Worst password offenders of 2018 exposed

Kanye West is the worst password offender of 2018, according to Dashlane. When visiting the White House, the famous rapper was sprotted unlocking his iPhone with the passcode “000000”.

worst password offenders

The Pentagon made second place: an audit by the Government Accountability Office revealed easy-to-guess admin passwords and default passwords for multiple weapons systems.

Other offenders on the list include:

  • Italian company Ferrero, who offered spectacularly bad password advice to users (they suggested the use of “Nutella” – the name of their popular sweet spread – as a password).
  • A White House staffer (the offence: writing down his email login and password on official White House stationery)
  • Texas and the UN (both failed to password-protect sensitive information)
  • The University of Cambridge (a plaintext password left on GitHub allowed anyone to access the data of millions of people being studied by the university’s researchers).

Google has also made the list. “An engineering student from Kerala, India hacked one of their pages and got access to a TV broadcast satellite. The student didn’t even need to guess or hack credentials; he logged in to the Google admin pages on his mobile device in using a blank username and password,” Dashlane explained the inclusion.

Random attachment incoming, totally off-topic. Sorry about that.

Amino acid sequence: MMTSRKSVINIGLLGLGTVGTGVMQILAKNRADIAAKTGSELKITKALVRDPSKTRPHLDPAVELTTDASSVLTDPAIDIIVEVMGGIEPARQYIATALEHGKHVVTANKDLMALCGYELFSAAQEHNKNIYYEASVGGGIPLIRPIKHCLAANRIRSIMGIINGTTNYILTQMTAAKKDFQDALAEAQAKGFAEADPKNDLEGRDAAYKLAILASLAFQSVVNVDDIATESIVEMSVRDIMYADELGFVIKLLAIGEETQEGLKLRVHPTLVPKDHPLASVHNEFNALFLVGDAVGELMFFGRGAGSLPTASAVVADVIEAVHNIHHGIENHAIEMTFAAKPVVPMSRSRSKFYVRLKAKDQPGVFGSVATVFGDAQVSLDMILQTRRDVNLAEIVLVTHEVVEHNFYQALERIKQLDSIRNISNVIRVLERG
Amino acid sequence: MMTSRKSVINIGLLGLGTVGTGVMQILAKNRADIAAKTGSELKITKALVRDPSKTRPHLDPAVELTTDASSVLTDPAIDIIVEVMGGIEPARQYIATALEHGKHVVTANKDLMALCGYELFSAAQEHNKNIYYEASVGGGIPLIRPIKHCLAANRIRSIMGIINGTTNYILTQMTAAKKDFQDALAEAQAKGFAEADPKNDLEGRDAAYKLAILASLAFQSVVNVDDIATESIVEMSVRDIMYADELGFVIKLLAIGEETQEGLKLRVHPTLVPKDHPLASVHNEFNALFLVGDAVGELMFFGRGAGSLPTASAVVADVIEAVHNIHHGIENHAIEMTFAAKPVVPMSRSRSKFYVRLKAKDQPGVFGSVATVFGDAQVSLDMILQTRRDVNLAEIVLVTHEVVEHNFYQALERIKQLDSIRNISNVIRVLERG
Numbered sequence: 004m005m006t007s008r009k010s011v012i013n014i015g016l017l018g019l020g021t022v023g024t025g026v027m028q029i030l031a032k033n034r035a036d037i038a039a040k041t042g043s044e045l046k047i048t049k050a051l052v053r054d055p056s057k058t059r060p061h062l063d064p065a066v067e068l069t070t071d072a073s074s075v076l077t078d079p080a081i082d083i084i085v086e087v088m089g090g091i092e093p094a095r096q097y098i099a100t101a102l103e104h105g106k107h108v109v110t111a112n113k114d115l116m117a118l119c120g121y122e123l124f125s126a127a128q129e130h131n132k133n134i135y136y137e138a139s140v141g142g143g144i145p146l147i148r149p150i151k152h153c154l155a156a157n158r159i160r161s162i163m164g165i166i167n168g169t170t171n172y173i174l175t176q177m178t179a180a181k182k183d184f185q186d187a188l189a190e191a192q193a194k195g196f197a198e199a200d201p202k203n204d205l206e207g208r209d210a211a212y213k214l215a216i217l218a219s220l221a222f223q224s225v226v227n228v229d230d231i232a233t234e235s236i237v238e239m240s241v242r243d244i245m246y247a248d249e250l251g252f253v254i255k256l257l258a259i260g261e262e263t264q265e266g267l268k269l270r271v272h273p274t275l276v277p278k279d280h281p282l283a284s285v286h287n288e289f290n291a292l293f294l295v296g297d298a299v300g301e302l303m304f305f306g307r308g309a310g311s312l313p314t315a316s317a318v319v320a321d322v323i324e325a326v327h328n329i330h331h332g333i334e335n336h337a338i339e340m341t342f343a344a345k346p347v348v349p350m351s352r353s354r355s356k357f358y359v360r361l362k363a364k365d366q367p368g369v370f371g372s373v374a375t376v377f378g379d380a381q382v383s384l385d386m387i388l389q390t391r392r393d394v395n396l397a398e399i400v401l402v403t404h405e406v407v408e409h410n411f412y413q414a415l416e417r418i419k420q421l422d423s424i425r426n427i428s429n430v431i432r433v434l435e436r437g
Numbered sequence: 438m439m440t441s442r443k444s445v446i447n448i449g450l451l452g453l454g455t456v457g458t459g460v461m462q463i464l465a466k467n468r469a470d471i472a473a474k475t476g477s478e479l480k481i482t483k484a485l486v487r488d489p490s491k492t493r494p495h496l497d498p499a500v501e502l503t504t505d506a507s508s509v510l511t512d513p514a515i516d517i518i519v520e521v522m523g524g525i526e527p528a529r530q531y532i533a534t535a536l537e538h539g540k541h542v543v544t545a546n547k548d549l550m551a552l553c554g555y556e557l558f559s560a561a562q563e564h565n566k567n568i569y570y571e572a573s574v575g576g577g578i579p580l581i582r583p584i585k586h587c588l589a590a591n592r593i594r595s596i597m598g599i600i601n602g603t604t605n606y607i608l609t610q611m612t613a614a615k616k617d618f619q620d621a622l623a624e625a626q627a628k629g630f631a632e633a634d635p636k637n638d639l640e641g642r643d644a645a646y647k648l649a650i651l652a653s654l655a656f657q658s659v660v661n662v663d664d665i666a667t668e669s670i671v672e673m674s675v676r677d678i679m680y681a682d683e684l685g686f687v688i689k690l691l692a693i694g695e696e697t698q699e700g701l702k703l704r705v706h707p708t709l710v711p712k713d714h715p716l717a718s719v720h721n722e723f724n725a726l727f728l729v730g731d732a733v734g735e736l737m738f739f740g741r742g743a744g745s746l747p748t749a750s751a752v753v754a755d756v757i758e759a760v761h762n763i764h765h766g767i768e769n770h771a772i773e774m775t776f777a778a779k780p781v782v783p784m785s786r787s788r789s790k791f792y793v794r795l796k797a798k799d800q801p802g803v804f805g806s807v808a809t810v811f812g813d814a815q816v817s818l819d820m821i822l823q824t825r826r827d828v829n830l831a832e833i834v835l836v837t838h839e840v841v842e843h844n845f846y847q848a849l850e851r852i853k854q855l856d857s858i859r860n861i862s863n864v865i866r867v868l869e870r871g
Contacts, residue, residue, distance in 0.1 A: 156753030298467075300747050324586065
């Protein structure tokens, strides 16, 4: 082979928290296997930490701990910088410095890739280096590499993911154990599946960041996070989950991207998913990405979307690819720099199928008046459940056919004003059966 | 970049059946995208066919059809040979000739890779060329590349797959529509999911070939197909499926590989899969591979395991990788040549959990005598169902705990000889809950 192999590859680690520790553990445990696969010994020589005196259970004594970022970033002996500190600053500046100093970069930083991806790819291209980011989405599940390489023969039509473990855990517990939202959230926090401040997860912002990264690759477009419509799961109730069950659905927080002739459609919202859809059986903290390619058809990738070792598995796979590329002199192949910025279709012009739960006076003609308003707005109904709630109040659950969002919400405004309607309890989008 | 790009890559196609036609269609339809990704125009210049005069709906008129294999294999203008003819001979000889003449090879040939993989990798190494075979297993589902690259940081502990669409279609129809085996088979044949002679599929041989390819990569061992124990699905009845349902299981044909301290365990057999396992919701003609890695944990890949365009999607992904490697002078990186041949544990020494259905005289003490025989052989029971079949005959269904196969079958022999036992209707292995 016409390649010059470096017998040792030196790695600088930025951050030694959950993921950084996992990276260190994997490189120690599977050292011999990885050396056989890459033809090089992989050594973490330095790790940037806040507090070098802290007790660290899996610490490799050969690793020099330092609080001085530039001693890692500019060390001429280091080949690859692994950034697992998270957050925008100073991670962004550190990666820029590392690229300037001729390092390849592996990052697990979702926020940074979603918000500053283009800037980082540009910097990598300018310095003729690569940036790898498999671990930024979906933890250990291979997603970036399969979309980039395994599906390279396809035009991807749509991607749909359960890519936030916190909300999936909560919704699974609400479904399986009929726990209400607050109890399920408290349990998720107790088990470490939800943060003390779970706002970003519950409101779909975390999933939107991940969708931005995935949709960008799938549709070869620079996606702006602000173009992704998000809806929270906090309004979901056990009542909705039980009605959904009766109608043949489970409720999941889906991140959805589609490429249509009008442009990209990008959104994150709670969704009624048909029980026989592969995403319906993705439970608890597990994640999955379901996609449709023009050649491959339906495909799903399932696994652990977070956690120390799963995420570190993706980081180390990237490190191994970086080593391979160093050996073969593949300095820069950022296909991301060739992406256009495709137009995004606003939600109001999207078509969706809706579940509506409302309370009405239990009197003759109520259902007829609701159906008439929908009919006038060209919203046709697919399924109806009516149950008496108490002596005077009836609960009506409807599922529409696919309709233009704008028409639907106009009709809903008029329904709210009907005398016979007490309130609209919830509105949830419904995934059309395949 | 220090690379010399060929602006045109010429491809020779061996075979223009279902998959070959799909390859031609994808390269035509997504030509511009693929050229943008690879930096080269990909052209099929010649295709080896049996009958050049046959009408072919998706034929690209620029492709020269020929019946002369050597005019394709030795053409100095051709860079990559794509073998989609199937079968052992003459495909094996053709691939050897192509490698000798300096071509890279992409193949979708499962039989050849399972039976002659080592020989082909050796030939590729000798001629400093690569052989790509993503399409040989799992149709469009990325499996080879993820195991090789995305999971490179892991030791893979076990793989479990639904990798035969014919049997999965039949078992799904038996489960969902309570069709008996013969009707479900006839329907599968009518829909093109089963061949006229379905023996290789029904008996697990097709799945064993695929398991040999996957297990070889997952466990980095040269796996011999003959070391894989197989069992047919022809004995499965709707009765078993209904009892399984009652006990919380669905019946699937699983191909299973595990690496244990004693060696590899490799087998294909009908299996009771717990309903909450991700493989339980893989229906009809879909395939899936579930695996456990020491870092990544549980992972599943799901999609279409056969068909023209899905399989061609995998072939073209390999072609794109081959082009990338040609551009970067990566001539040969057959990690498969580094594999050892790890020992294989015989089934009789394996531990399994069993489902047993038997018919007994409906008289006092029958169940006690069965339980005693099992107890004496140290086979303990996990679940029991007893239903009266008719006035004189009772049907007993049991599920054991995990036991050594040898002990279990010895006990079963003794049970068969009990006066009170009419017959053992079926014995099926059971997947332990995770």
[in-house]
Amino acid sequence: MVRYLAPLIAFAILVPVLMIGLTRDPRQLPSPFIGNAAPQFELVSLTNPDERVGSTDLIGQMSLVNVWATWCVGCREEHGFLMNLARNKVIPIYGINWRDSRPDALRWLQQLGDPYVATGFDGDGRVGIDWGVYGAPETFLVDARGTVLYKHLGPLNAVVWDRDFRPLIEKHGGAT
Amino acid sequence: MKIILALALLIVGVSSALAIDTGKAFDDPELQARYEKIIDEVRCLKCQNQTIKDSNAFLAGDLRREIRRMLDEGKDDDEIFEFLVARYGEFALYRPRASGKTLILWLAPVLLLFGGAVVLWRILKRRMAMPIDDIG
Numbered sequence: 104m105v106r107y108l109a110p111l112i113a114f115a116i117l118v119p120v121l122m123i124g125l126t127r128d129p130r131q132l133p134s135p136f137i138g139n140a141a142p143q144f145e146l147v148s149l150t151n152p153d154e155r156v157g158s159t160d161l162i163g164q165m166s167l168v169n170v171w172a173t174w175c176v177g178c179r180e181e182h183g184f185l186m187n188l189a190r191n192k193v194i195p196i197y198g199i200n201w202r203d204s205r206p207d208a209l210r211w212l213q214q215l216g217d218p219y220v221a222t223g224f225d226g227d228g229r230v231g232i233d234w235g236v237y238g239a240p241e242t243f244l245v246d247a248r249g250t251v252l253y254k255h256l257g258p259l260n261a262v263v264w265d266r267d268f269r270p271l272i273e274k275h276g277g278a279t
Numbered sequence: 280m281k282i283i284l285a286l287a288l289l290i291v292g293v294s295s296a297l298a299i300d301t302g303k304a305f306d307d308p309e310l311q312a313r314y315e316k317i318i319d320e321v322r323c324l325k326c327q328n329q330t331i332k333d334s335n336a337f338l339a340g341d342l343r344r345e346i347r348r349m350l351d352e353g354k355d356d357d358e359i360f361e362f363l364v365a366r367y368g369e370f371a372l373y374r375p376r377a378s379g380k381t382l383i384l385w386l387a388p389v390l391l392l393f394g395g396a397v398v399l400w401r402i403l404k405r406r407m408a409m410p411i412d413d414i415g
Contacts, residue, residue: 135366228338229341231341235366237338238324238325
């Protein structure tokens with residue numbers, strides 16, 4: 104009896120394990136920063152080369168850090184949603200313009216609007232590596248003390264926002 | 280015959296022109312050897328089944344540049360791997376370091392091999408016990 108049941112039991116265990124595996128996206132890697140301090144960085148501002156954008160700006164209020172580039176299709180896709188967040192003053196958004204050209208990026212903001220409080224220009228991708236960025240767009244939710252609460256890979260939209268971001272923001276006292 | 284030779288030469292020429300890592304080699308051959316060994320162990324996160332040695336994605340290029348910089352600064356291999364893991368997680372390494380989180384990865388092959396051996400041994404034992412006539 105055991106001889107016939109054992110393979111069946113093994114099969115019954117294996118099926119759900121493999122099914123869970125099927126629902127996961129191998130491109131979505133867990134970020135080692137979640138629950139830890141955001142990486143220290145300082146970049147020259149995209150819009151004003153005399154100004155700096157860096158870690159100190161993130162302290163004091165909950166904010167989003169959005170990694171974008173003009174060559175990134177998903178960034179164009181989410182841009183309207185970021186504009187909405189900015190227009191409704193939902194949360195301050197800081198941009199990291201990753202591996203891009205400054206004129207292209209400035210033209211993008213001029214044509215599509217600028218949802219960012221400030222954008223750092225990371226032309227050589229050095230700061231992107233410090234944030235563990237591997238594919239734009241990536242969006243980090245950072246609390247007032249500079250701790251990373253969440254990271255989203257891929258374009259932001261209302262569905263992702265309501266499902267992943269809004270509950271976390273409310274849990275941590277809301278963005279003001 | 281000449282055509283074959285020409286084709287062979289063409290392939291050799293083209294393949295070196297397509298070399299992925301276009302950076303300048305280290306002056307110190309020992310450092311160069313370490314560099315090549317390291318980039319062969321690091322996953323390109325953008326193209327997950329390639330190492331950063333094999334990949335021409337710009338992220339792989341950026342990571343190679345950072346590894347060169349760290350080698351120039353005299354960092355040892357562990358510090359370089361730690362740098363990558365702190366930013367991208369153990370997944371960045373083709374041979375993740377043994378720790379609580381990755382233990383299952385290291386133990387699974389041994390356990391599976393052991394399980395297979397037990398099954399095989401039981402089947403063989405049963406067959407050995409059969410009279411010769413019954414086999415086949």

Advice for users

It might be that Kanye West temporarily changed his phone password to one that’s easy to remember because he knew that cameras will be around and he didn’t want to worry about them capturing his actual password, but the rest of the offenders have no good excuse for their blunders.

Creating a password that’s long and complex enough to stymie guessing, dictionary and brute-forcing attacks is a problem for many users, especially when they don’t use a password manager to remember it for them.

For the same reason they might reuse the same password for many of their accounts, which is another big no-no as the compromise of one set of credentials then open many doors for attackers.

It should go without saying that password-protecting all accounts is a good idea, but for those who don’t want to use a password manager either for choosing a good passwords or saving it, this particular method for creating strong, difficult-to-crack passwords can come in handy.

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